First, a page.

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The Archaeology of Roman Macedonia (Paperback)

Urban and Rural Environments

P&S History > Archaeology > Archaeological Method & Theory

By Vassilis Evangelidis
Imprint: Oxbow Books
Pages: 224
Illustrations: B/w
ISBN: 9781789258011
Published: 15th May 2022
Casemate UK Academic



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Macedonia is a region that provides its own intriguing questions due to its position on the fringe of the classical Greek world. It is also an area that is of special interest to students of history and archaeology of Roman period Greece, since it was the first to be incorporated in the Roman state. Macedonia shared a similar path of development with Achaea during the imperial period. As provinces far from productive zones and frontiers, both played a minor role in the imperial administrative structure. Beneath this similarity, however, lie many differences: in Macedonia’s proximity to the Balkans, its early contact with Rome, its relatively low level of urbanization, its multicultural context and its sizeable economy, which played their own role in the formation of the urban and rural environments.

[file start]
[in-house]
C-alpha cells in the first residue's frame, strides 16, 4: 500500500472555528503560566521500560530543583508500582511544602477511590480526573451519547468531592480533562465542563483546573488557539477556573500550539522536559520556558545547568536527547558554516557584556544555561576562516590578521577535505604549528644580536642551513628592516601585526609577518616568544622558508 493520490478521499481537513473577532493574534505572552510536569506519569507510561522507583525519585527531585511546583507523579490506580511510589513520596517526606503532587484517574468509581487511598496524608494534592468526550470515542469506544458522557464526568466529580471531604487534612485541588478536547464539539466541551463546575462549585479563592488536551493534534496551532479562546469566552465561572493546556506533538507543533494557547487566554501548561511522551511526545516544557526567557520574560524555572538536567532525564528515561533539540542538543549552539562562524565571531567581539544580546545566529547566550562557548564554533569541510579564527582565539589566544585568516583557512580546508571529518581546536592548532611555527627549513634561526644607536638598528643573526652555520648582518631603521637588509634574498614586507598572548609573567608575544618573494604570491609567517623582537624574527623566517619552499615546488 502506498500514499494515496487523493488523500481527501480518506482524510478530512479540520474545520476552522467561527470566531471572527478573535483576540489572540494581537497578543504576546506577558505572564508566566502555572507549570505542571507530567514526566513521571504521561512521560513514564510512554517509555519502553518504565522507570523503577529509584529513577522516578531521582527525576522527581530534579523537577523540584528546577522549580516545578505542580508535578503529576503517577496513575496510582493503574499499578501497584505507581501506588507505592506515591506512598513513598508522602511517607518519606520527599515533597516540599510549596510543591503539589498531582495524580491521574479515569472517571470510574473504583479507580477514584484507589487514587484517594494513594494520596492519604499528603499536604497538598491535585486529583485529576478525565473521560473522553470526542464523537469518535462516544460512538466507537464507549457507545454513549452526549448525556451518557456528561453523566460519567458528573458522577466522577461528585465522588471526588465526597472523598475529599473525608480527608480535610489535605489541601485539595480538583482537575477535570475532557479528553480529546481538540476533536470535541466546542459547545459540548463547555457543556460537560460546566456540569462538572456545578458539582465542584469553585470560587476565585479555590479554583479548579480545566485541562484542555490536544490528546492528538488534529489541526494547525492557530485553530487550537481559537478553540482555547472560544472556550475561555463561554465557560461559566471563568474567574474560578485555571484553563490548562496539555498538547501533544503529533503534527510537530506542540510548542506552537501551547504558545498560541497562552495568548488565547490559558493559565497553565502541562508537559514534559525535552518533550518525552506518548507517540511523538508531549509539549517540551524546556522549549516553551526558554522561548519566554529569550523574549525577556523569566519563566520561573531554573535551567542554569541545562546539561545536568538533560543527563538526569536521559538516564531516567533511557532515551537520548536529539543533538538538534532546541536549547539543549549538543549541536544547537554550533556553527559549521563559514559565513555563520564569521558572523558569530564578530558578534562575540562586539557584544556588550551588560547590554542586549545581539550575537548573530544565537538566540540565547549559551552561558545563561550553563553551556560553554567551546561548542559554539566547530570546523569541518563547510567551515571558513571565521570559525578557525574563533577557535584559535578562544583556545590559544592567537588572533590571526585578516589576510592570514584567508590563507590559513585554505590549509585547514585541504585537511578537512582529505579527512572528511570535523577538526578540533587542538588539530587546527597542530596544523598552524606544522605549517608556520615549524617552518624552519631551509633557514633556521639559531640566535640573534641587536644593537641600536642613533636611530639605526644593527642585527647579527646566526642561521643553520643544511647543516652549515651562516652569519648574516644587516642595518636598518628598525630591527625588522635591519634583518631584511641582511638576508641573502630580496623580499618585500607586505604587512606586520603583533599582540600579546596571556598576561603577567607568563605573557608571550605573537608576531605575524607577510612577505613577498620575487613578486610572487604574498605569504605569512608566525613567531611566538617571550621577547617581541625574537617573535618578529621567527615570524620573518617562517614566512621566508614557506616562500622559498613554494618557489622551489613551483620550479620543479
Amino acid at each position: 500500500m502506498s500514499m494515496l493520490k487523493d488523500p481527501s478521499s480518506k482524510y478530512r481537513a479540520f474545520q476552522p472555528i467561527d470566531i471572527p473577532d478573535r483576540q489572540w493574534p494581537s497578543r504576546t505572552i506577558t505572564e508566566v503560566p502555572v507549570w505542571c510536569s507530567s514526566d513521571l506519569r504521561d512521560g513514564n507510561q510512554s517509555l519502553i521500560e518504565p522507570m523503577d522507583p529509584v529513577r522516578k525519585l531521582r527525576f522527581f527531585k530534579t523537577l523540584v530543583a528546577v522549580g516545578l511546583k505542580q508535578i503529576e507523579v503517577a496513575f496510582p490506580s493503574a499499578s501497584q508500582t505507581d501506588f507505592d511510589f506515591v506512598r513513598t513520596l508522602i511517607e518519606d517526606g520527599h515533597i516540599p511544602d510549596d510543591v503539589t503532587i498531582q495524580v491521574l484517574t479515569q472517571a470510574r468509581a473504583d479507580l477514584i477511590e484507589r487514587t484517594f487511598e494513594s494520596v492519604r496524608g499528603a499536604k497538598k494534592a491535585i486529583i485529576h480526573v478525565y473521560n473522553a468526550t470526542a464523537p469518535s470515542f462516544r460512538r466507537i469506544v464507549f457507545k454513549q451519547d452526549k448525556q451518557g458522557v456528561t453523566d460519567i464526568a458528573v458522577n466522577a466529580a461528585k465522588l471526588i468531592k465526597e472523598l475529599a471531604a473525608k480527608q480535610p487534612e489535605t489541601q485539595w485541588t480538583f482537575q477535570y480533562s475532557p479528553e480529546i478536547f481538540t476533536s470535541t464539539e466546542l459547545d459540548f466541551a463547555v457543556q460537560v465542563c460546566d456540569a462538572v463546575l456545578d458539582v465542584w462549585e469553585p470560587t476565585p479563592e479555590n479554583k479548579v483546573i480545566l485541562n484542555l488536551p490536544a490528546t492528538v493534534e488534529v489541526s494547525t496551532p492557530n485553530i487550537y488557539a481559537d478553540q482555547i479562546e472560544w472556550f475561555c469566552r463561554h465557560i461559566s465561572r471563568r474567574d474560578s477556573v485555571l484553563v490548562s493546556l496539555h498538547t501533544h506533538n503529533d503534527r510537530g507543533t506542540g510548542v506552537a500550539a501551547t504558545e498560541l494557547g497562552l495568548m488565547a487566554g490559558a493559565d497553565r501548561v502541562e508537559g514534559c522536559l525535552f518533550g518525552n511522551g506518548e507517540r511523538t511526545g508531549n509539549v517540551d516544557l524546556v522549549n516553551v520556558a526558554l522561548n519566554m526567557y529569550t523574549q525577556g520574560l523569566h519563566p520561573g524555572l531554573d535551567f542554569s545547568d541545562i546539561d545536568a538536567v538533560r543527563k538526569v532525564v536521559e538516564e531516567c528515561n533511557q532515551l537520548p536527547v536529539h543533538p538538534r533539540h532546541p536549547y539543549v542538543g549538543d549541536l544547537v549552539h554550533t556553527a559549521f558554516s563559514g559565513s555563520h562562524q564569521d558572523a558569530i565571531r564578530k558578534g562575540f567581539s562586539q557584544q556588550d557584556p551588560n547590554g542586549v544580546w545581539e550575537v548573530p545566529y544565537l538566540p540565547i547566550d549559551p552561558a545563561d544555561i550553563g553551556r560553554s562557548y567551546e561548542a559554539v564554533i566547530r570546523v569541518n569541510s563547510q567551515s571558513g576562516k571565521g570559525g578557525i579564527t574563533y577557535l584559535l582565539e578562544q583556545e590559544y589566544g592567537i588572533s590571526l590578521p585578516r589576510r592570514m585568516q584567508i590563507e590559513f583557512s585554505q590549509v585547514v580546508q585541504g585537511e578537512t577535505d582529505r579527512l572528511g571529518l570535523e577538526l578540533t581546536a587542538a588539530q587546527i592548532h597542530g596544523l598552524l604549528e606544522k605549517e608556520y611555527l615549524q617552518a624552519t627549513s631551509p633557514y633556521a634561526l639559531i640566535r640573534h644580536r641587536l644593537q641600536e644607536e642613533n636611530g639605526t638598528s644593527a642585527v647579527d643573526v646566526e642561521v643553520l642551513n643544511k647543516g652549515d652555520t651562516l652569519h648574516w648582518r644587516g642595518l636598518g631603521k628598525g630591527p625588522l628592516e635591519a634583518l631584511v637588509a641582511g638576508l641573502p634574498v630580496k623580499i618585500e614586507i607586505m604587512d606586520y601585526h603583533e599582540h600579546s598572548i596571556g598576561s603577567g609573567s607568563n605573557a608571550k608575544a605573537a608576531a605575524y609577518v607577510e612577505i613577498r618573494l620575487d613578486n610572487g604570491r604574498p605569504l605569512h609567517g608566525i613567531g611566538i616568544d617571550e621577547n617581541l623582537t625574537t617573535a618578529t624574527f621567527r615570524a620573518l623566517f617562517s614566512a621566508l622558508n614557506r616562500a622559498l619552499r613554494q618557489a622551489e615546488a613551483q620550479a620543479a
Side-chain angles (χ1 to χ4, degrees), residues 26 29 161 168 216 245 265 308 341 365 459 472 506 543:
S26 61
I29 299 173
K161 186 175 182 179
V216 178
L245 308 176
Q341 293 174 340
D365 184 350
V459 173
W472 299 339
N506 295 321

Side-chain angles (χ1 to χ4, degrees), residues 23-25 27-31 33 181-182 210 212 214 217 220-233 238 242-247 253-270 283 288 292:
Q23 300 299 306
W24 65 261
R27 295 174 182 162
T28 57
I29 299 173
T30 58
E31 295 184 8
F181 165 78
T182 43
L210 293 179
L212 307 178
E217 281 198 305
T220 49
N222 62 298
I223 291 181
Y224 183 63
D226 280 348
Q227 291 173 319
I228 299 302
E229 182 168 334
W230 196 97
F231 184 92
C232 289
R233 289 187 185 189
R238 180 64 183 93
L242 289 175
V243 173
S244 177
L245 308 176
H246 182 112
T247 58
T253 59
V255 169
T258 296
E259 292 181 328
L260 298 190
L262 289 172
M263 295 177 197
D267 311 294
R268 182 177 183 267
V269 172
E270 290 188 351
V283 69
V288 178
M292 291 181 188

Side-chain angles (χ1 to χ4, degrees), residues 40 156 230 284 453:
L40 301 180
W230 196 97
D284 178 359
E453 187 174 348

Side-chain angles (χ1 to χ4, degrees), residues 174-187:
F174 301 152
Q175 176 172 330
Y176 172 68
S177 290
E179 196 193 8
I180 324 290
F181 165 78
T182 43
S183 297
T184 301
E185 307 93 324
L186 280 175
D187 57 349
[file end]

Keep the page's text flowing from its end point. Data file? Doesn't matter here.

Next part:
With a focus on elements of the built environment and human habitat, this book examines old and new archaeological evidence to present a concise overview of the archaeology of the area and develop a better perception of the region in terms of archaeology of the built environment, architecture and architectural influences, urbanization and use of land and resources from the 2nd century BC to the early 4th century AD. Driven by a set of key questions that are addressed through the archaeological evidence, the book explores key issues in understanding the archaeology of the area, like the role of architectural tradition and innovation, the interdependency between practical bases of architecture and socio cultural aspects, the exploitation of local resources, and the role of external influences. Special importance is given to the interaction of Greek, Roman and local cultures and the ways that the formation of the built environment eventually led to the assimilation of ideas from East and West in terms of workmanship, use of materials, design and function.

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